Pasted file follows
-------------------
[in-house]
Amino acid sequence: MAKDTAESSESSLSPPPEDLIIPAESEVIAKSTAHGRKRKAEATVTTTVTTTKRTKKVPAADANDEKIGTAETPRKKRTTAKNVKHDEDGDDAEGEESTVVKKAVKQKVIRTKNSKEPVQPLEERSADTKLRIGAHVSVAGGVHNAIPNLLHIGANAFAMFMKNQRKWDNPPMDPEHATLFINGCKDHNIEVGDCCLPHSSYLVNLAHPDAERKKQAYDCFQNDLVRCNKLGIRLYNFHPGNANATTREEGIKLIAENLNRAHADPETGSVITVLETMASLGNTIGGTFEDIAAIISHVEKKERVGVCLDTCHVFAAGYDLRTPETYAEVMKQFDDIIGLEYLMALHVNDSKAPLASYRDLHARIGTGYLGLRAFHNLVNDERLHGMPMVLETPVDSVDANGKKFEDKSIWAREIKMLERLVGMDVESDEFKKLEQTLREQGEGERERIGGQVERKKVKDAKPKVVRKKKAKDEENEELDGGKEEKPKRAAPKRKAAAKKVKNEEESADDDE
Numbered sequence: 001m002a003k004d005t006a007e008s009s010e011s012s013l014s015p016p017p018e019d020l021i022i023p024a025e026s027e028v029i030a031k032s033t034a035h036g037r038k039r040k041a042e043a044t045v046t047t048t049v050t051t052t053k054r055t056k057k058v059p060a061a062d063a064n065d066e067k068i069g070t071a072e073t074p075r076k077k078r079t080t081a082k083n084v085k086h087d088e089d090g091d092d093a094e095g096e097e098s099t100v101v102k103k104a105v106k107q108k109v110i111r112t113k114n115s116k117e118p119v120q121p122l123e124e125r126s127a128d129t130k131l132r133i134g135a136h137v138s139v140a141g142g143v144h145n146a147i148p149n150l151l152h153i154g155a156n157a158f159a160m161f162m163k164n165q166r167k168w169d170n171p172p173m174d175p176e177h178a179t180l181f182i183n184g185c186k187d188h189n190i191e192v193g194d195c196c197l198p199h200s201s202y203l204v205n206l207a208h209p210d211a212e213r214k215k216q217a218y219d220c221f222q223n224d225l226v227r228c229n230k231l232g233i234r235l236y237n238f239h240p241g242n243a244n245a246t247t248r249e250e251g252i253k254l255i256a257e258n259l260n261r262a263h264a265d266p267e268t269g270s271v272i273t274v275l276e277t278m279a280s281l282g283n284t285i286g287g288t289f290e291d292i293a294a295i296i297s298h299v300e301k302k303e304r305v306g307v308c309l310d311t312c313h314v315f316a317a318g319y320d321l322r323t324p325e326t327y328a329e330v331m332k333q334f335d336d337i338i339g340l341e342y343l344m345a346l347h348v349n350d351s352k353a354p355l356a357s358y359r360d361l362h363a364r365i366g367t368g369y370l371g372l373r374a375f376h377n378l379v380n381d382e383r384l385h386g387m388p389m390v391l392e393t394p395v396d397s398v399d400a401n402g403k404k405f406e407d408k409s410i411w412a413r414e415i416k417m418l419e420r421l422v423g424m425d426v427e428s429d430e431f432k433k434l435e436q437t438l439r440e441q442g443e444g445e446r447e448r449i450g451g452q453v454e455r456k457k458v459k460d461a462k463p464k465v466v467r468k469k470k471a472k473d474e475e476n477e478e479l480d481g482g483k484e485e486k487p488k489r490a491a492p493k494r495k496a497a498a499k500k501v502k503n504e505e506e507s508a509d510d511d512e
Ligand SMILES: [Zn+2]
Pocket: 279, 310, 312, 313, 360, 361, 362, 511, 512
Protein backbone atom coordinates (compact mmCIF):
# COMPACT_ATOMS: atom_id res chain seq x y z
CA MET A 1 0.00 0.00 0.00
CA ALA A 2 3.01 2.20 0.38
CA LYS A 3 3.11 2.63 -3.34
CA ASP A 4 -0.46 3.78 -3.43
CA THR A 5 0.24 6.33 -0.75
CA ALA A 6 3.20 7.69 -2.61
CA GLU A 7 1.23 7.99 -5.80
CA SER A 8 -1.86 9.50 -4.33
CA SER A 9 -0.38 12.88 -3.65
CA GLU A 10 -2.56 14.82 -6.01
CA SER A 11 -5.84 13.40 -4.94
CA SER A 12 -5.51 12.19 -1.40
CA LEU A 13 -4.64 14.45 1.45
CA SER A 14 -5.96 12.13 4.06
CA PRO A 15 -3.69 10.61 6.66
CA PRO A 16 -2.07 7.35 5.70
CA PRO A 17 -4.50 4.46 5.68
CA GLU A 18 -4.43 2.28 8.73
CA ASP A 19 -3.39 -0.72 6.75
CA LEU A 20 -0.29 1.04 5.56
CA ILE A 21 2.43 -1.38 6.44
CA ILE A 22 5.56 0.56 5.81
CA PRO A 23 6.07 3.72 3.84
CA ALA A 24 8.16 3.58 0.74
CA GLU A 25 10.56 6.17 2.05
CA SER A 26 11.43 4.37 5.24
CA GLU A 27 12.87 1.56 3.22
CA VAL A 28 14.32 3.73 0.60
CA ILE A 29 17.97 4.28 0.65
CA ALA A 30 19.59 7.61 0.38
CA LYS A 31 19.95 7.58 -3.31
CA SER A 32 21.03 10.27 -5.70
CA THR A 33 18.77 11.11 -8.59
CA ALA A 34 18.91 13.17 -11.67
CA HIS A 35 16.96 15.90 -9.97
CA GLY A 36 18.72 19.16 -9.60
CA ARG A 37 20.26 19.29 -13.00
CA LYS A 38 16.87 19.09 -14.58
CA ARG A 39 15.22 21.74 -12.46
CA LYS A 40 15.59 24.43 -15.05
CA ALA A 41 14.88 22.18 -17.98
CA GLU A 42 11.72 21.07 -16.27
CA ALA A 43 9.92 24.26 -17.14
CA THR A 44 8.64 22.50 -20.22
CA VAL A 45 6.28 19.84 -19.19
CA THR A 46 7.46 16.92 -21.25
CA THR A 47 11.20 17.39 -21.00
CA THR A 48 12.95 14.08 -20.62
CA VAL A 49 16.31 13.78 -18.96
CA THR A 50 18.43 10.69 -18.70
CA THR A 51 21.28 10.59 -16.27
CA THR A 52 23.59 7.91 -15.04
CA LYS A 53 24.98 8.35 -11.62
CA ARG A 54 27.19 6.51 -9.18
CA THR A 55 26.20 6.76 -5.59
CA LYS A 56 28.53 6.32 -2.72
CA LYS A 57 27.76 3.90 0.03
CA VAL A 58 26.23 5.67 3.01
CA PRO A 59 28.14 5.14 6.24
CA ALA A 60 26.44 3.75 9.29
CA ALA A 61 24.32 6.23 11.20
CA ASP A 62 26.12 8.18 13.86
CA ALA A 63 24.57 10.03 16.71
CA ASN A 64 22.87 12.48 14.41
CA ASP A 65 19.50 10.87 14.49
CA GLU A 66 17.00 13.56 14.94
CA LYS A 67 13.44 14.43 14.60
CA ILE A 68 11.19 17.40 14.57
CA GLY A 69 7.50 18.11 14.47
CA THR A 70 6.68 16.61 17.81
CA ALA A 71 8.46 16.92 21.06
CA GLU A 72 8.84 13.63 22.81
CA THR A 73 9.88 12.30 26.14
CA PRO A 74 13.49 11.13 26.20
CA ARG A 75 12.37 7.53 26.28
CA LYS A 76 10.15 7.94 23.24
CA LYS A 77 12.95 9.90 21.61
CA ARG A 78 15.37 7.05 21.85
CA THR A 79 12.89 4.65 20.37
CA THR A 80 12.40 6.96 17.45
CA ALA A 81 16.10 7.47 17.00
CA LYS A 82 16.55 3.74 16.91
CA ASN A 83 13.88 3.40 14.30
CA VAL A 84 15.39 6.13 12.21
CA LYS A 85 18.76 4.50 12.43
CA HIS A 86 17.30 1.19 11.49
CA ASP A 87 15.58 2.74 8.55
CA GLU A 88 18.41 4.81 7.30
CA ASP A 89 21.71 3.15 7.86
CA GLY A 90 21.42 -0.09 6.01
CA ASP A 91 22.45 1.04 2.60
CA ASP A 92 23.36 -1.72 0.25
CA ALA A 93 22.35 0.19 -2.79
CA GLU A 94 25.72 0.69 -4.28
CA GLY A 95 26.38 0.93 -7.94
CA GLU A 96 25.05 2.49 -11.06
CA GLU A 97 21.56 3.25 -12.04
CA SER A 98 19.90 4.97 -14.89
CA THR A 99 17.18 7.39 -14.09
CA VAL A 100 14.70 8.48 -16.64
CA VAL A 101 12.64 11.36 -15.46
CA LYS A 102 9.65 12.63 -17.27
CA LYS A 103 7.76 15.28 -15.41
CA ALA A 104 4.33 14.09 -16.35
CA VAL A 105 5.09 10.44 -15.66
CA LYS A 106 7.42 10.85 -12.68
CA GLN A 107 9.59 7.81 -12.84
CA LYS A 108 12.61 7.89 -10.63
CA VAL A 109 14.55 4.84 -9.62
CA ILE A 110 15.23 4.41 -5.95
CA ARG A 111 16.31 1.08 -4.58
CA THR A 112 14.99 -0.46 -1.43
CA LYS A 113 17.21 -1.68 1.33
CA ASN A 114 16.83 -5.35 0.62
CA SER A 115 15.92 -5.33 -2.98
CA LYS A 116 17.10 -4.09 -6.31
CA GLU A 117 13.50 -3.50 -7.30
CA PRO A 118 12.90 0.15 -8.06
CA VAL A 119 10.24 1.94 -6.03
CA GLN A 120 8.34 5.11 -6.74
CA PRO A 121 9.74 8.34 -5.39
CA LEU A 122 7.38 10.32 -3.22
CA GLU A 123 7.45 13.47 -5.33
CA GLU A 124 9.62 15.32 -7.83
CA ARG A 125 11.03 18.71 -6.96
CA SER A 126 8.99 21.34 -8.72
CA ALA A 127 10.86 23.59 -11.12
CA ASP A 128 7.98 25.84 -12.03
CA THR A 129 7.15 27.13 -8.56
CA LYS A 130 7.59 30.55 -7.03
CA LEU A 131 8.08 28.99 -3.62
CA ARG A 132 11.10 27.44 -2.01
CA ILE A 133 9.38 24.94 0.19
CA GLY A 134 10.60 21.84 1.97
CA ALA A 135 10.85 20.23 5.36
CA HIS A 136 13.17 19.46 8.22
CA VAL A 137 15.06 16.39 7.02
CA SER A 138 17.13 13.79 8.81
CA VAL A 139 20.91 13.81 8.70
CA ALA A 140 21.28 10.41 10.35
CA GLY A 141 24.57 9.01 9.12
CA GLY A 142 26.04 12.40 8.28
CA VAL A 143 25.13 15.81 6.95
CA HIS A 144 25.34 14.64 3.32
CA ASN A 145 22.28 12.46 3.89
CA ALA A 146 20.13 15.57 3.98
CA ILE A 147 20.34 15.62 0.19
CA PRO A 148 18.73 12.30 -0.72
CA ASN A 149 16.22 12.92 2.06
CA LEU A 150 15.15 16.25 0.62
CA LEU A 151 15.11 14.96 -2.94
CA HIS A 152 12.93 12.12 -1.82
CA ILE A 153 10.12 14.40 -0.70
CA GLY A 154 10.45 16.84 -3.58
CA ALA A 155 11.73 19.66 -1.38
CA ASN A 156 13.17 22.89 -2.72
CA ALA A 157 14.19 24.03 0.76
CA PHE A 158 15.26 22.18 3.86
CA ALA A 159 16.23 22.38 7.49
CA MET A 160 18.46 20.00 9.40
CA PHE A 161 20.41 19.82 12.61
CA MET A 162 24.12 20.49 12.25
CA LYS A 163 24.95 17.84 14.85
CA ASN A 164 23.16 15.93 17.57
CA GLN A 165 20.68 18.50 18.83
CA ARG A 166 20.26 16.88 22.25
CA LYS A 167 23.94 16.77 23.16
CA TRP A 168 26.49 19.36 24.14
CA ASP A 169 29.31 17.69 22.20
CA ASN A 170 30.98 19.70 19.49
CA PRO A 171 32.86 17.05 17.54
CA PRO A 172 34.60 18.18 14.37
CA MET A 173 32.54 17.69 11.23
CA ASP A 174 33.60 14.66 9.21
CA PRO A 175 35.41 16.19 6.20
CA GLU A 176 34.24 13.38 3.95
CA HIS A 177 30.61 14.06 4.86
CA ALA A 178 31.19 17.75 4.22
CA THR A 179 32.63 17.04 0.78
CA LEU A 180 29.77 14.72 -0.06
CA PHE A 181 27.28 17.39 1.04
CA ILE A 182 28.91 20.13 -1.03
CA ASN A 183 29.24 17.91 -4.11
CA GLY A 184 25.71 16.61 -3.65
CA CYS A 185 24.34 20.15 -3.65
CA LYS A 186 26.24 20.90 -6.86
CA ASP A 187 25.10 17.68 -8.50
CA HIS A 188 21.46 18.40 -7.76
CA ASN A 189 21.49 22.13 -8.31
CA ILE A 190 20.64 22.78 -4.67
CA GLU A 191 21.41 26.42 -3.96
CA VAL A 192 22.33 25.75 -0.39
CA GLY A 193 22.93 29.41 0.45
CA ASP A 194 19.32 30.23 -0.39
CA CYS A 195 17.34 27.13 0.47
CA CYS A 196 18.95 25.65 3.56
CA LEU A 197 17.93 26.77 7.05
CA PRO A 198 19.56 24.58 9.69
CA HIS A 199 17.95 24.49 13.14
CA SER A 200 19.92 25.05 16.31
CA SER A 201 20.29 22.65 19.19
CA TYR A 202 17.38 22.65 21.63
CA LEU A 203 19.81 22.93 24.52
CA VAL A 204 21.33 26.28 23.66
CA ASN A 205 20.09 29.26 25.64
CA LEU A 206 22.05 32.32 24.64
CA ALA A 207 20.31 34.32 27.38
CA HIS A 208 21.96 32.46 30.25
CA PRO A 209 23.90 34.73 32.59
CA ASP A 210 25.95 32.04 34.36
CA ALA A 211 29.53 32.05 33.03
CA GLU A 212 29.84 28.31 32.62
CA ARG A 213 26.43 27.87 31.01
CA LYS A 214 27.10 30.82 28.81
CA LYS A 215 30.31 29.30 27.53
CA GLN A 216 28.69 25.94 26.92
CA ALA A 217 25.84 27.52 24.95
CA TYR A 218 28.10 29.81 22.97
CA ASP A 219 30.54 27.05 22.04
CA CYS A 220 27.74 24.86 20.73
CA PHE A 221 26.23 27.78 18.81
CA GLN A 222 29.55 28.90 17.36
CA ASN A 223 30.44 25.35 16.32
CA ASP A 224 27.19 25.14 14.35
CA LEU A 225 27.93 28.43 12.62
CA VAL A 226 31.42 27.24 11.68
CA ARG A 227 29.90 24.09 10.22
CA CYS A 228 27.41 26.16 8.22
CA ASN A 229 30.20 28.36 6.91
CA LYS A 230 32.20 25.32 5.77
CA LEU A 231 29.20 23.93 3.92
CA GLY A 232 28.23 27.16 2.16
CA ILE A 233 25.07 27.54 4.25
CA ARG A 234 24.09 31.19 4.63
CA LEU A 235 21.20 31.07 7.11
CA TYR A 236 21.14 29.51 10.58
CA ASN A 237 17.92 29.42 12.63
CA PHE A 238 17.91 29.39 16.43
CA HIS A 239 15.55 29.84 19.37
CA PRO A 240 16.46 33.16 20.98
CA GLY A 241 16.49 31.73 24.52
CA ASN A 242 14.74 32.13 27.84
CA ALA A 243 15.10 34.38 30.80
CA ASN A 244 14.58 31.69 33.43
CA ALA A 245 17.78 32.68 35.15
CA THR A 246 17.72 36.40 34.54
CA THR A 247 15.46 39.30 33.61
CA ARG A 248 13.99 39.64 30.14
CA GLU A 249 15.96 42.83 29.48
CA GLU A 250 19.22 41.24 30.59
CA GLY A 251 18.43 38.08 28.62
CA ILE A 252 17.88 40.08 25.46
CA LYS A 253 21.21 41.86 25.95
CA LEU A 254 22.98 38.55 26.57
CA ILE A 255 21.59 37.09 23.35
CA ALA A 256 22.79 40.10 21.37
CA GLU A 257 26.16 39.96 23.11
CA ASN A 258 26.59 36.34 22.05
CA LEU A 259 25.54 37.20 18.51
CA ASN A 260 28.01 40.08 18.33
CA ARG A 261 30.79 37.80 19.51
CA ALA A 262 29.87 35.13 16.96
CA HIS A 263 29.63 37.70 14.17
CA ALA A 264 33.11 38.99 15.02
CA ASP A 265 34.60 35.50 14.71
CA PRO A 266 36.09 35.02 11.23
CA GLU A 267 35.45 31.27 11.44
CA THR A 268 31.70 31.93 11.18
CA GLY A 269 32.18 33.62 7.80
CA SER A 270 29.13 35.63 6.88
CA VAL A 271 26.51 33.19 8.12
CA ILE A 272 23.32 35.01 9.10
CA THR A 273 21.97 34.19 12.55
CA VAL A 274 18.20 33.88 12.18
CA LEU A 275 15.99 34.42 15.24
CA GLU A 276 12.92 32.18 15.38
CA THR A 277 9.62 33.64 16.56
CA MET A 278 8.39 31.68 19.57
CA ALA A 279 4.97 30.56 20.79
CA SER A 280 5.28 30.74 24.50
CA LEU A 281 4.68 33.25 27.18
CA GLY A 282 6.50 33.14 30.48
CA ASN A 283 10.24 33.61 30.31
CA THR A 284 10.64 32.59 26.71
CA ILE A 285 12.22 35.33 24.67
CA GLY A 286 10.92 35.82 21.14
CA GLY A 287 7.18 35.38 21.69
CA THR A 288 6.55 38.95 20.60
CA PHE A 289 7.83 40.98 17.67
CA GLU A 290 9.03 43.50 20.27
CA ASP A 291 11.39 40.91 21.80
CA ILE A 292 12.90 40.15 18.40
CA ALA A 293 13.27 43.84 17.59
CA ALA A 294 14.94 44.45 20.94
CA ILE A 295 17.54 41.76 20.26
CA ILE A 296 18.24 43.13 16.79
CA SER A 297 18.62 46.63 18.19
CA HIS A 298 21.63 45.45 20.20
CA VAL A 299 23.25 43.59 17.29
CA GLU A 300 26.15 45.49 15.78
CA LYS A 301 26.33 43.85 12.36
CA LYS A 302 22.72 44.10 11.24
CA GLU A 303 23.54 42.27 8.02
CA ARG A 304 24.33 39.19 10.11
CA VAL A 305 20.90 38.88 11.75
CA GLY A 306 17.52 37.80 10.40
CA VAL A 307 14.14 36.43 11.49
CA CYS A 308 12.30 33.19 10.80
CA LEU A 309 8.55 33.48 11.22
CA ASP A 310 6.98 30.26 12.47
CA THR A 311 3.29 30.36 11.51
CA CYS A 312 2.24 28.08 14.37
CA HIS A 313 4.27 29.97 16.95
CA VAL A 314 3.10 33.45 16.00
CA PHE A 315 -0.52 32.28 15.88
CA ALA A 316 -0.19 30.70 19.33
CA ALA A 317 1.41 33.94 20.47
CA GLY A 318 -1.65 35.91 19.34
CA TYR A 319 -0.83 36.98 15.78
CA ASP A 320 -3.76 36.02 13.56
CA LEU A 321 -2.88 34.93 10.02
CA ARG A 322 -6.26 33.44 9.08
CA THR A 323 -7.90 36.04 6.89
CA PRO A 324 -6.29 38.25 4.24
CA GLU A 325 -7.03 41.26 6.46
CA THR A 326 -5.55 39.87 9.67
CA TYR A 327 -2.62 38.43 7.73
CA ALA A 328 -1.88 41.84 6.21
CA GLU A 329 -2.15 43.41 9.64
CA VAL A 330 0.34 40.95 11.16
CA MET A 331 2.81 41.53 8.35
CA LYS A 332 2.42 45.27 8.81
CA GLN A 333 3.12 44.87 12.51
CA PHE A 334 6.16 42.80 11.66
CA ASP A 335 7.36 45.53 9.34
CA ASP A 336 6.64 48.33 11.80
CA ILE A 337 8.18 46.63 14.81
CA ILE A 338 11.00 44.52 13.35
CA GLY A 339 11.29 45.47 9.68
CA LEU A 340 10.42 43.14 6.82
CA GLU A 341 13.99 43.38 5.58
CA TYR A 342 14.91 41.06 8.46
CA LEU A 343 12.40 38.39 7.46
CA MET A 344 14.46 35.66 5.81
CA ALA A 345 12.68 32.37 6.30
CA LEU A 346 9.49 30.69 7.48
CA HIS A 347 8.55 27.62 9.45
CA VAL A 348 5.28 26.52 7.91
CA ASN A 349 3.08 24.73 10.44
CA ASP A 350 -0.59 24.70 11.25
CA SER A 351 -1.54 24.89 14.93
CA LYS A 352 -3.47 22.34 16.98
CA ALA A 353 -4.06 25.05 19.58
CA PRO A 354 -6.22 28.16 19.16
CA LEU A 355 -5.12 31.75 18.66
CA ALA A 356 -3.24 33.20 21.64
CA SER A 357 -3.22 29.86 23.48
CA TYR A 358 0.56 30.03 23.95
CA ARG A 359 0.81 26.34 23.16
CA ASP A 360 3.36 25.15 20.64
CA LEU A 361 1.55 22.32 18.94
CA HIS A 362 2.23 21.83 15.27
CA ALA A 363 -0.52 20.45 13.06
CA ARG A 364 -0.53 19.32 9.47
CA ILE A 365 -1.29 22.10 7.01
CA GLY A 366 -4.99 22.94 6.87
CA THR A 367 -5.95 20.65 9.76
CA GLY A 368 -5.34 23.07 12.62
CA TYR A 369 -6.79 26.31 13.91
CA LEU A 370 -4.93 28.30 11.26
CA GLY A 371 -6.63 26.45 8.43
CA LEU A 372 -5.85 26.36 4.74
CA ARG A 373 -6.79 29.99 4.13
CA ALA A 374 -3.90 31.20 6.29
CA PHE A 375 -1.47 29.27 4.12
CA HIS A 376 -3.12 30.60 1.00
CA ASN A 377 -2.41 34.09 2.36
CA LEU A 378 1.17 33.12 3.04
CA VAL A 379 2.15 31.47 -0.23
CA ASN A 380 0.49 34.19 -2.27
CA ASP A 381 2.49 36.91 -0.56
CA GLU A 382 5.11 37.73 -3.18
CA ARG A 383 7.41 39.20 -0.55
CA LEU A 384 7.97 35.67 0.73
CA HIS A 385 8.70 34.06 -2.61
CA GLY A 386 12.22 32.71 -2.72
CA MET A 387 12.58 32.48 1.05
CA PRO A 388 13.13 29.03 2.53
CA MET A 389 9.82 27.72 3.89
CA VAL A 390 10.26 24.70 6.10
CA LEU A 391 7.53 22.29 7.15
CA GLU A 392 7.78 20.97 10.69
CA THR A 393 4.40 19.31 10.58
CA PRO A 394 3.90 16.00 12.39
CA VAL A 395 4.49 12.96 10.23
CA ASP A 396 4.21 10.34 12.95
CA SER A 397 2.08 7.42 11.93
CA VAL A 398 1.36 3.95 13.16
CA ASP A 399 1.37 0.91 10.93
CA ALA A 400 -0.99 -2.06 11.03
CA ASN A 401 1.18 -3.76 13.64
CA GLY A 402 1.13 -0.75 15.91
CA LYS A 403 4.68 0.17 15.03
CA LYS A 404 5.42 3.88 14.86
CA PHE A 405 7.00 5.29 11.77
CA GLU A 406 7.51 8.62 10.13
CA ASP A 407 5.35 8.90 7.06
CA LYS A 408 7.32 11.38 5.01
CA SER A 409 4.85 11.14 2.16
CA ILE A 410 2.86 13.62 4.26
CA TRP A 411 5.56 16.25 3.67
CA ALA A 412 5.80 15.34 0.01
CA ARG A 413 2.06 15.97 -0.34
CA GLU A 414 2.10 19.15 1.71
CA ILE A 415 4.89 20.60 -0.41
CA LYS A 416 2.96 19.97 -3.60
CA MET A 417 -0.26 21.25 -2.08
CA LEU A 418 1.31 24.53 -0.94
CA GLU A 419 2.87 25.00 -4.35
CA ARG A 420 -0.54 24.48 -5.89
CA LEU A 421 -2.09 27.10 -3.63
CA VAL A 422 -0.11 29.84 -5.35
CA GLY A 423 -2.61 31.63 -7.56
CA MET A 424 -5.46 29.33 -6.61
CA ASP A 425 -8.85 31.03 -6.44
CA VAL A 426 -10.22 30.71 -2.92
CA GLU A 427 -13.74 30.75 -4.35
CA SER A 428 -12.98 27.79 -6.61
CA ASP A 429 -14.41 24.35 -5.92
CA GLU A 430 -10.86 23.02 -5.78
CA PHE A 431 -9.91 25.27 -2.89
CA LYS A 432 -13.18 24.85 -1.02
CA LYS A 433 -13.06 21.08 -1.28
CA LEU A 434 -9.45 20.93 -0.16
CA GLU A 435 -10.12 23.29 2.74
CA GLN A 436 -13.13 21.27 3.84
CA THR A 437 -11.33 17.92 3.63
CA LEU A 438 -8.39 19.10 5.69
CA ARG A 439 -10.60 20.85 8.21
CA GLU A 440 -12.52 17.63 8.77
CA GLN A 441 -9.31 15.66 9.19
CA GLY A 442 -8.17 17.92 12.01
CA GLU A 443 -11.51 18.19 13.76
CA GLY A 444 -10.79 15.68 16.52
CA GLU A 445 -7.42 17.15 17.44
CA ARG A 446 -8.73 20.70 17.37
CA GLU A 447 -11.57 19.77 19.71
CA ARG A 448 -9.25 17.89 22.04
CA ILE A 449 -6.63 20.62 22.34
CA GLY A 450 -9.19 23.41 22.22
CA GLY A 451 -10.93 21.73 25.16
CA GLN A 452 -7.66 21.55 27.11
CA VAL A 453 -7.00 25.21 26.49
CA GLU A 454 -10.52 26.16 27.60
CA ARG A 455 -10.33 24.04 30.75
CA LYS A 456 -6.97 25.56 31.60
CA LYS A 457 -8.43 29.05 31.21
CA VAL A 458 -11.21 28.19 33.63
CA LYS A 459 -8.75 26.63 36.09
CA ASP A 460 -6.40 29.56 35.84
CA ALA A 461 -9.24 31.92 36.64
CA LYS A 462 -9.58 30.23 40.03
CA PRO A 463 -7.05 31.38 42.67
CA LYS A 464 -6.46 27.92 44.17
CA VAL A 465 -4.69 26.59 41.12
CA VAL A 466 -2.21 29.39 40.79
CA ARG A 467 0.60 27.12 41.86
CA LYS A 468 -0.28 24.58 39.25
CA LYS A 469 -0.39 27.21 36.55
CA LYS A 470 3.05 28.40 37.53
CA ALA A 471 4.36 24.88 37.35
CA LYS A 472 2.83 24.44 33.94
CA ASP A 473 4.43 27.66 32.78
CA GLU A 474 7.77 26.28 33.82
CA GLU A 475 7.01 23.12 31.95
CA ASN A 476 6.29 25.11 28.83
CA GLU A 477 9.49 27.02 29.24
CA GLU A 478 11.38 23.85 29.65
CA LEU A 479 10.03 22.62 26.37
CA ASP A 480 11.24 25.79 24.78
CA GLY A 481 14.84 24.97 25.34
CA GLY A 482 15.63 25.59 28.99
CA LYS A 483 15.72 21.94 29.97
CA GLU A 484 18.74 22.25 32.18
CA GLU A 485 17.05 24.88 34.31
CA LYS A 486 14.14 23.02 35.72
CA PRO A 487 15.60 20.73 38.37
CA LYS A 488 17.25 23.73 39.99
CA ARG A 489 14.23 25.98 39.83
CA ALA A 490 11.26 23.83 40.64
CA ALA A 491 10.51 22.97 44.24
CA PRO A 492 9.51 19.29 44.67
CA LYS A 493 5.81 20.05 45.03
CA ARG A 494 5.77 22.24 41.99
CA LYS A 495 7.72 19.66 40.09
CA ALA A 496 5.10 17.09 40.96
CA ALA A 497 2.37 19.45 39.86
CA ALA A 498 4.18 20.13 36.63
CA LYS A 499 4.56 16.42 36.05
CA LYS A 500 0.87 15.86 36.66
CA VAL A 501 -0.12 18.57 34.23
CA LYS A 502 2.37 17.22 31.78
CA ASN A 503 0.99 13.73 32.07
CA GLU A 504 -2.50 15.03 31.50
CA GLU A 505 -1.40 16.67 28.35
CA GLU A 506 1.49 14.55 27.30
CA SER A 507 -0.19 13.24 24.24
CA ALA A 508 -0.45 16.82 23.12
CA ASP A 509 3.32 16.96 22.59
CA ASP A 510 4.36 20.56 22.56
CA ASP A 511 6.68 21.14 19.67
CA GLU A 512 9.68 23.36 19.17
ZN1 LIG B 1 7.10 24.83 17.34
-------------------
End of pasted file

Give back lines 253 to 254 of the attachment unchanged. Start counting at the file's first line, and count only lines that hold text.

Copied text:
CA THR A 246 17.72 36.40 34.54
CA THR A 247 15.46 39.30 33.61